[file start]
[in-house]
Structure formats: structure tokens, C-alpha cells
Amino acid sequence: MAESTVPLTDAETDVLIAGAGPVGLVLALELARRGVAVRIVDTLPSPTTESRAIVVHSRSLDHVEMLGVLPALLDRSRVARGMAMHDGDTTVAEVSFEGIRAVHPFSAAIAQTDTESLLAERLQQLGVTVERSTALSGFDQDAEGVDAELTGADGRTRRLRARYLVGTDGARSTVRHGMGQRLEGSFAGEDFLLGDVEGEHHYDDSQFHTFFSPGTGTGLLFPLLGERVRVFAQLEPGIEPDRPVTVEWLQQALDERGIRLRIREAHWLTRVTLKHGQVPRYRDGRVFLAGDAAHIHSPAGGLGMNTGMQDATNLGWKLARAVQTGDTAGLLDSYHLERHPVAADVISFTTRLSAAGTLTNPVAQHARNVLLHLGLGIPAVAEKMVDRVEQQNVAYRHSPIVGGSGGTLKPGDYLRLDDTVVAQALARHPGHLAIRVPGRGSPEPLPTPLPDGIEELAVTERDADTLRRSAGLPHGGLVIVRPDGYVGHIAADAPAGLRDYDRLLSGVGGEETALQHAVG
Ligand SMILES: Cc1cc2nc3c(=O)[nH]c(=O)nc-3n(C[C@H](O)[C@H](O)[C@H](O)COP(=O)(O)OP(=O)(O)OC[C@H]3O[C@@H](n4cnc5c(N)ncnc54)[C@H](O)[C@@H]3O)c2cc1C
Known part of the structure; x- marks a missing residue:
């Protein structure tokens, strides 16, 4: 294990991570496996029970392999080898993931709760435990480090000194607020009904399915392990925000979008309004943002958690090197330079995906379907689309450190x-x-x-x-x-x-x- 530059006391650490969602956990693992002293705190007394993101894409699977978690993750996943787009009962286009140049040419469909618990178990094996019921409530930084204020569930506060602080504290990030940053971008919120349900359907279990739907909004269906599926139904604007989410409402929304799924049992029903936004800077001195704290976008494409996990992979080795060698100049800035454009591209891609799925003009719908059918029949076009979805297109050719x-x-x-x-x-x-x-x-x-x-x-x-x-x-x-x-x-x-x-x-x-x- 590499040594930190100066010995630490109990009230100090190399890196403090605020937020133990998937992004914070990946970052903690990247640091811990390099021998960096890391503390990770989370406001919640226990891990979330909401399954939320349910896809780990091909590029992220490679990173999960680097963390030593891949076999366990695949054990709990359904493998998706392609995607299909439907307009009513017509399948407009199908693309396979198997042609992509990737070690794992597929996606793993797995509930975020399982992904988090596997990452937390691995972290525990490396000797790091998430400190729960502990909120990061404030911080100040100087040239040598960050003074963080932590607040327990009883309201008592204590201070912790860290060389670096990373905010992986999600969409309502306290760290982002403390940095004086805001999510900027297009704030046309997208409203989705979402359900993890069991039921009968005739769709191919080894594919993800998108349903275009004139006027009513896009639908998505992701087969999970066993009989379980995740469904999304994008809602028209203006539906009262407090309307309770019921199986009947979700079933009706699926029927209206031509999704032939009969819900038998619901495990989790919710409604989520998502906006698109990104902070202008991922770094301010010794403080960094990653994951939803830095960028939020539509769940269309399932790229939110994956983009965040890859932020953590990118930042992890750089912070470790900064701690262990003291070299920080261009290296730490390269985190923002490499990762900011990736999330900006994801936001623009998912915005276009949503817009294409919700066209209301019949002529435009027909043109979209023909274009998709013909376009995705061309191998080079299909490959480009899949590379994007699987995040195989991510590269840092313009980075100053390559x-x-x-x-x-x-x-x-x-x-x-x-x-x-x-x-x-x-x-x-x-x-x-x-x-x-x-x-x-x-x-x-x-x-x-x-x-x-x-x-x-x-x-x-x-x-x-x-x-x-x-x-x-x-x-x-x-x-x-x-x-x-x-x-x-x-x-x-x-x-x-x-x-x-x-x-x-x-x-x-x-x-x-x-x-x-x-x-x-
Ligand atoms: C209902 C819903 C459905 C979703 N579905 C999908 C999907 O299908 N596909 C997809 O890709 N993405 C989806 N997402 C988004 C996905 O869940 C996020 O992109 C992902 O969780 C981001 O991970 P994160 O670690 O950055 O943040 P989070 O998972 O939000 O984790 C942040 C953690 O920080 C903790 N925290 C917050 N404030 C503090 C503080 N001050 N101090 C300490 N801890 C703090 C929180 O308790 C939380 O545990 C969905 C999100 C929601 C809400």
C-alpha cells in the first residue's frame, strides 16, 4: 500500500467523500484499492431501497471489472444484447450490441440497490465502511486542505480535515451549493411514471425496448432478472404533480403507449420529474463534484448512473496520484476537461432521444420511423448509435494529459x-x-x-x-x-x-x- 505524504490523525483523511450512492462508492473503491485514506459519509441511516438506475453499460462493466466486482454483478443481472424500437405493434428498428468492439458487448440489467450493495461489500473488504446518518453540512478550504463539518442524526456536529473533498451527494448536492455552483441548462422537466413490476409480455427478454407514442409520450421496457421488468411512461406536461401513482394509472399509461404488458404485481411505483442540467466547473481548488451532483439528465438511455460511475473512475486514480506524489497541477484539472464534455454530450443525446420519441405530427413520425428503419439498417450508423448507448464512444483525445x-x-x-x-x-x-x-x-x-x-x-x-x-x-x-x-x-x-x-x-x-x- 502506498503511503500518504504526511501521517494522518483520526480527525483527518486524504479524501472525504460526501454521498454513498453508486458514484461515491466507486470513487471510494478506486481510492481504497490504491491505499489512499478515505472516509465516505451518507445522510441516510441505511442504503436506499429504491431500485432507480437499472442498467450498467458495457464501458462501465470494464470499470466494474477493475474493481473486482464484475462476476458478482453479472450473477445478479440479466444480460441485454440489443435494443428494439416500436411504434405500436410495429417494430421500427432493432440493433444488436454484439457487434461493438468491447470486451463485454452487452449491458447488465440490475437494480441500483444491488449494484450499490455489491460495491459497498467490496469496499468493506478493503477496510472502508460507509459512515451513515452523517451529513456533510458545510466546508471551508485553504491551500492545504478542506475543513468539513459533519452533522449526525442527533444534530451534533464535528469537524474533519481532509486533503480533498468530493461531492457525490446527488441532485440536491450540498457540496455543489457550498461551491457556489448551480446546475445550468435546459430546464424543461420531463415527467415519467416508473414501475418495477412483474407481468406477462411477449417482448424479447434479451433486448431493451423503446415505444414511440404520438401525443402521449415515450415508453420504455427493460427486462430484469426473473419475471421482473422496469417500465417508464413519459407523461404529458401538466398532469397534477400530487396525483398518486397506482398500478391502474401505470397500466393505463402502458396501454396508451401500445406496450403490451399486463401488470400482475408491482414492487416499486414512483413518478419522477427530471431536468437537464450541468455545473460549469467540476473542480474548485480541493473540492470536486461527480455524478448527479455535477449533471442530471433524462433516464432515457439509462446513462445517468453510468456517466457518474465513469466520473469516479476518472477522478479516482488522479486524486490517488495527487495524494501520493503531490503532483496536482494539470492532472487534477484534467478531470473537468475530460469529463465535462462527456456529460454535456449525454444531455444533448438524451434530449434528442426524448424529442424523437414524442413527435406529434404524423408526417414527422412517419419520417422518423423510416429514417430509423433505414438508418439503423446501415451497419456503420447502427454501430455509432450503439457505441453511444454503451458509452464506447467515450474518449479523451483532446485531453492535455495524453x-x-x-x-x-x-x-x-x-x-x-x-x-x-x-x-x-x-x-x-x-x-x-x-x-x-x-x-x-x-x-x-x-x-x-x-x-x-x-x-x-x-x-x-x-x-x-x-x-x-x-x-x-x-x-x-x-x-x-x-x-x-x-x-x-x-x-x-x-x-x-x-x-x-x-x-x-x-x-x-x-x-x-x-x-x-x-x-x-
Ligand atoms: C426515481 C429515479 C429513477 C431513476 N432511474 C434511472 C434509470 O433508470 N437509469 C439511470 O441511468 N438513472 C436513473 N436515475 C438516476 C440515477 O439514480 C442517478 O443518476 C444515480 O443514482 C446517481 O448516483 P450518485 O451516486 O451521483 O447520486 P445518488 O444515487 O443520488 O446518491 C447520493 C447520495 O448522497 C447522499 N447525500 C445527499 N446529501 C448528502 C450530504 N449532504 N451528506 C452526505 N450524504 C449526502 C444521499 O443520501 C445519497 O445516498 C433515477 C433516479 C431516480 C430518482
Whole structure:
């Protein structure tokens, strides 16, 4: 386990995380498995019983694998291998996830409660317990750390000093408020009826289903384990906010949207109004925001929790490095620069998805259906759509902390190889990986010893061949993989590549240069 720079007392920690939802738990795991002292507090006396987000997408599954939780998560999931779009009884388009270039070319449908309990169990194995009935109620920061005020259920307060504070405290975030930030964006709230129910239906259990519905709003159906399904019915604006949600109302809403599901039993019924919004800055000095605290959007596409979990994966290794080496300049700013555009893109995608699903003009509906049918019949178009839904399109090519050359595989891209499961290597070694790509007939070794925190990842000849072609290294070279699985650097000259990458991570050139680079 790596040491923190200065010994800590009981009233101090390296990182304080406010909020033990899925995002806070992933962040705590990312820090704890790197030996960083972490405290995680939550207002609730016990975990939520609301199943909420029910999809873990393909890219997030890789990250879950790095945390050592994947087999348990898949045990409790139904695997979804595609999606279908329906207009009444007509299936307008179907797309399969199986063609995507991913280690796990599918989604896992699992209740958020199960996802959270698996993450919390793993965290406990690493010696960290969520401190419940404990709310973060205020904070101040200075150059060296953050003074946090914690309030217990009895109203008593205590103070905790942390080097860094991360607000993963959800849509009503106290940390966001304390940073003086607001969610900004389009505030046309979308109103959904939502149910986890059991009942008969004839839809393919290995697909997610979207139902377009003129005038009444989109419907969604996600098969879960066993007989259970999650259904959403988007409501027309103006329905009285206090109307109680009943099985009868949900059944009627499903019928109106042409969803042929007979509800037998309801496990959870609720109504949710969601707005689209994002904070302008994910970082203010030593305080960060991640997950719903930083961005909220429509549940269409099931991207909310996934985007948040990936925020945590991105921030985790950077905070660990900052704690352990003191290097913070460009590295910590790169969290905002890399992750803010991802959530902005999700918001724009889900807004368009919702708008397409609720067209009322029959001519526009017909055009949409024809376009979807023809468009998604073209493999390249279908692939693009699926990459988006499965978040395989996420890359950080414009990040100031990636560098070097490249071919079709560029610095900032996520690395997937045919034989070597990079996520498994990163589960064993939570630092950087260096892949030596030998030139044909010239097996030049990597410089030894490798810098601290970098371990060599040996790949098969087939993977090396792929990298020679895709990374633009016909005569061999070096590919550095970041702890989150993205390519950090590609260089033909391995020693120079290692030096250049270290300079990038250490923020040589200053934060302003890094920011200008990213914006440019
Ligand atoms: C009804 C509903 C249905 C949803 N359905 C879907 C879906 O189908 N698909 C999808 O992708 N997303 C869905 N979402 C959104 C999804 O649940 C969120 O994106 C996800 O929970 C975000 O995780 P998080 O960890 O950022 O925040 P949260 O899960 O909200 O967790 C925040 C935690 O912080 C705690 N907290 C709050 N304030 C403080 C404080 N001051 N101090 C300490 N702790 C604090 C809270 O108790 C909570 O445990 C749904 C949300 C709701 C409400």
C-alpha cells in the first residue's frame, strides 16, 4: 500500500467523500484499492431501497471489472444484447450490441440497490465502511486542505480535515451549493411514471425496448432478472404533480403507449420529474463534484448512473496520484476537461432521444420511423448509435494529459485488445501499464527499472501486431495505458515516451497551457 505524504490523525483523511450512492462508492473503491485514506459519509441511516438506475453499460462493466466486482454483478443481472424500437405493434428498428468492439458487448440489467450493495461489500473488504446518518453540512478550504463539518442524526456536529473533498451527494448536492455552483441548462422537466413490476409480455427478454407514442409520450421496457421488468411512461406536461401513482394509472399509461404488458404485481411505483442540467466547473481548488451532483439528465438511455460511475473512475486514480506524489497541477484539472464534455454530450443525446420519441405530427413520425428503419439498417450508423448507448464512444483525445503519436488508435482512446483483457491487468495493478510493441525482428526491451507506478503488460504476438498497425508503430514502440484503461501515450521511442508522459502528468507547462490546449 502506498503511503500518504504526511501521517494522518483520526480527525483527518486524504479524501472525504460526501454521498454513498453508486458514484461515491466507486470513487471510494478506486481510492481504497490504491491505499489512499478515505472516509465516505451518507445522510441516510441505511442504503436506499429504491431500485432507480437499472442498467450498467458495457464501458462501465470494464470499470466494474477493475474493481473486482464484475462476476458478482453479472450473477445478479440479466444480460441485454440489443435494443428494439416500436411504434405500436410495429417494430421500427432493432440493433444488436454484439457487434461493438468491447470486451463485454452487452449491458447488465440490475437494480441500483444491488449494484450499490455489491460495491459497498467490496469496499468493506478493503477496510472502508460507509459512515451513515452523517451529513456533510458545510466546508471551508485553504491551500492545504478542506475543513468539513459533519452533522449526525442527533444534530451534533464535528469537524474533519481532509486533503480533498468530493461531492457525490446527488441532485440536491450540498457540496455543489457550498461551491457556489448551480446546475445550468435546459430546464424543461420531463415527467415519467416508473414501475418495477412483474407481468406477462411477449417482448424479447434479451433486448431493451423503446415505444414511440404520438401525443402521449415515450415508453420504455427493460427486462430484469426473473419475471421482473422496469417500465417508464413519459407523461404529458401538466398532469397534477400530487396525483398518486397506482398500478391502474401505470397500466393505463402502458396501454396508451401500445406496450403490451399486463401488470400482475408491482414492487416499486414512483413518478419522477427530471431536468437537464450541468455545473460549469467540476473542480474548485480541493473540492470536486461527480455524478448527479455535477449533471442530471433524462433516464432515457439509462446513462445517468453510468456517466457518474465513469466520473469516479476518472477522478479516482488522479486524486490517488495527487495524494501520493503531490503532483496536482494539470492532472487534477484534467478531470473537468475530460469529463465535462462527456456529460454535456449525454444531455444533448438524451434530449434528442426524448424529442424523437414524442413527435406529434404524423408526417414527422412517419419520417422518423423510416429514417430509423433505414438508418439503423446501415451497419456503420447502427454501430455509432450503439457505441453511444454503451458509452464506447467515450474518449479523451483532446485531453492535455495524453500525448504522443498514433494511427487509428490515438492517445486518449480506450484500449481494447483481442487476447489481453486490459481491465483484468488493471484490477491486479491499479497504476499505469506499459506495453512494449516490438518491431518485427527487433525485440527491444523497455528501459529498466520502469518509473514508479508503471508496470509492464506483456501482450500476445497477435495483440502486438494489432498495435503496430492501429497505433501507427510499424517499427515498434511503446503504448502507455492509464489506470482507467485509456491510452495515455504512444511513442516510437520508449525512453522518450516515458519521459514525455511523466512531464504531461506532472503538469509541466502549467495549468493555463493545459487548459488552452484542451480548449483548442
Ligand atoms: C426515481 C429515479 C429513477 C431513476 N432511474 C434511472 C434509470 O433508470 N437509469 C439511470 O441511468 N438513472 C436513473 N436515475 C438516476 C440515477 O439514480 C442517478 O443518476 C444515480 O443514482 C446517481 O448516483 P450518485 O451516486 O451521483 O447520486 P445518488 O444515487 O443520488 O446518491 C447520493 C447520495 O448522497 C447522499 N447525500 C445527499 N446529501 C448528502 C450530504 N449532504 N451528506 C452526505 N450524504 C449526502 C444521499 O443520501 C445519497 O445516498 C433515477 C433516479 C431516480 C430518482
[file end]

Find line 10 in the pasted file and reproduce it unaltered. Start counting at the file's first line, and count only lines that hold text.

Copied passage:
Whole structure: